Yoga Day Sparks Indian Row as Muslims Claim it’s Un-Islamic

The Associated Press
The Associated Press

The first International Day of Yoga has sparked a race row in India, with some Muslims accusing the government of pushing a Hindu agenda. They have also claimed that practising yoga flies in the face of Islamic teaching.

The day is being celebrated around the world: in New York’s Times Square, 30,000 people are set to take part in a mass yoga session, while in Paris, thousands of French yoga fans dressed in white and sat on yellow mats under the Eiffel Tower.

In New Delhi, the Indian Prime Minister Narendra Modi, who had lobbied the UN to make the day an international event, joined his cabinet ministers, foreign diplomats, and thousands of fellow Indians in attempting to set a new record for the largest single yoga class.

But Kamal Farooqui, a member of the Muslim Personal Law Board in India has accused Mr Modi’s Hindu nationalist Bharatiya Janata Party (BJP) of pushing a Hindu agenda. “Yoga is not the only form of exercise, there are other forms of exercise too,” he added.

According to the BBC, some Muslims hold that yoga is a religious practice, and that by chanting “Om” or performing the Sun Salutation, practitioners are essentially transgressing the monotheism that Islam preaches.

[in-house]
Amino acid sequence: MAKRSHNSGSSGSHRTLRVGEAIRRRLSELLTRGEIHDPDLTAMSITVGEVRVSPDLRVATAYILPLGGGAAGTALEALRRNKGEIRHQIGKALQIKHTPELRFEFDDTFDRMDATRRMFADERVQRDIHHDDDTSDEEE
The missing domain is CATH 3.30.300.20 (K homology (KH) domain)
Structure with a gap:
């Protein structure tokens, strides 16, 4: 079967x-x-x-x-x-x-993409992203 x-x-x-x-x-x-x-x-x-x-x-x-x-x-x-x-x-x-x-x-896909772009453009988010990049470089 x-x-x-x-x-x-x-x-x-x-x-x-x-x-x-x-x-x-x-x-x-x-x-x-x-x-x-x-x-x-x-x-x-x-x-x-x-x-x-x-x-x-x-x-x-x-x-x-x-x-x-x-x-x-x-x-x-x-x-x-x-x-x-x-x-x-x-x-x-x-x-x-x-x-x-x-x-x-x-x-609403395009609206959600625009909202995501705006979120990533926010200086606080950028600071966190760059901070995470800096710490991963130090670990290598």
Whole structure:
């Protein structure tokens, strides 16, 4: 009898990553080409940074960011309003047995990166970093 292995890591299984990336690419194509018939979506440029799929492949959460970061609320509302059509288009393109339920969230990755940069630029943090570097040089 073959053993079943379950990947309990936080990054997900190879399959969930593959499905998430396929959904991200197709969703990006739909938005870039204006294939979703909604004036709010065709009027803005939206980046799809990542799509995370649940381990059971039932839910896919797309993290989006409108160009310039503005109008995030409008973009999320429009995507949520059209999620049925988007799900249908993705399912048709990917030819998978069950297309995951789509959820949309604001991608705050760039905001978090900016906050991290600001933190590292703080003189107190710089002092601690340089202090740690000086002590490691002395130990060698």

In response, a member of Parliament belonging to the BJP has said “those opposing yoga should either leave the country or drown themselves in the ocean.”

The historian Dilip Simeon has lambasted Hindu politicians for what he calls a “manufactured controversy,” which he says is “yet another example of deceitful polemic.” Writing for the Indian Express, he accused them of promoting Hindu culture as the dominant belief system, saying: “So now yoga is essential not only to Hinduism but to national pride. Refusal to submit to this rule is treachery.

“Perhaps some energetic policemen will lodge a case of sedition against anyone refusing to perform suryanamaskar.”

He was also dismissive of the Muslim’s claims that yoga defied Islam, writing: “To treat it as a Hindu religious ritual is equivalent to believing that aerobics are a step towards Christianity or that acupuncture is an insignia of Chinese imperialism.”

Indian census figures indicate that 80 percent of India’s population are Hindu, whilst 13.4 percent describe themselves as Muslim.

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